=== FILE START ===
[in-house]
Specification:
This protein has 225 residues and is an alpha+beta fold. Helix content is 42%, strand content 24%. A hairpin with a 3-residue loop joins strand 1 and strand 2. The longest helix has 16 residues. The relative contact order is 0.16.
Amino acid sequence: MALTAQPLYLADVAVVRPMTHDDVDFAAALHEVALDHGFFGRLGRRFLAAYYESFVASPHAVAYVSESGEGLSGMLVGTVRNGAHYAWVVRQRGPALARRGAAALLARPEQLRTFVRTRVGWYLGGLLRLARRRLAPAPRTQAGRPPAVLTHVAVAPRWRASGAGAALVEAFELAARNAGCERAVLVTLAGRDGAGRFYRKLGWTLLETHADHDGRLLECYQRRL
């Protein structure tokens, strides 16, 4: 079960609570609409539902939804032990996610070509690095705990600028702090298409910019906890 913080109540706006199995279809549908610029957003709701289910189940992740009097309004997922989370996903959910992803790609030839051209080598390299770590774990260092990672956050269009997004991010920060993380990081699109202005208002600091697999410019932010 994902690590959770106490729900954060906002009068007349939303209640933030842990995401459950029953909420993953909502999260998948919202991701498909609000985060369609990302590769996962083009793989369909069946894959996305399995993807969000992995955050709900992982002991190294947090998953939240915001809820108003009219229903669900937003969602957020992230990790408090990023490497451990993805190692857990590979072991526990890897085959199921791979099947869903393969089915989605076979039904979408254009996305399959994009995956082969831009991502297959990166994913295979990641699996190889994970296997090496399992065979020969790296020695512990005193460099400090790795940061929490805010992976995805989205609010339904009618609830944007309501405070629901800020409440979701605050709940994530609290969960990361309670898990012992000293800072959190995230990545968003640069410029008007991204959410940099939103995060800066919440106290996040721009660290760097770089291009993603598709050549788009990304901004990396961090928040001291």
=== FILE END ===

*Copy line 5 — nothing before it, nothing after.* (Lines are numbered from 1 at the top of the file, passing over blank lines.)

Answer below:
């Protein structure tokens, strides 16, 4: 079960609570609409539902939804032990996610070509690095705990600028702090298409910019906890 913080109540706006199995279809549908610029957003709701289910189940992740009097309004997922989370996903959910992803790609030839051209080598390299770590774990260092990672956050269009997004991010920060993380990081699109202005208002600091697999410019932010 994902690590959770106490729900954060906002009068007349939303209640933030842990995401459950029953909420993953909502999260998948919202991701498909609000985060369609990302590769996962083009793989369909069946894959996305399995993807969000992995955050709900992982002991190294947090998953939240915001809820108003009219229903669900937003969602957020992230990790408090990023490497451990993805190692857990590979072991526990890897085959199921791979099947869903393969089915989605076979039904979408254009996305399959994009995956082969831009991502297959990166994913295979990641699996190889994970296997090496399992065979020969790296020695512990005193460099400090790795940061929490805010992976995805989205609010339904009618609830944007309501405070629901800020409440979701605050709940994530609290969960990361309670898990012992000293800072959190995230990545968003640069410029008007991204959410940099939103995060800066919440106290996040721009660290760097770089291009993603598709050549788009990304901004990396961090928040001291």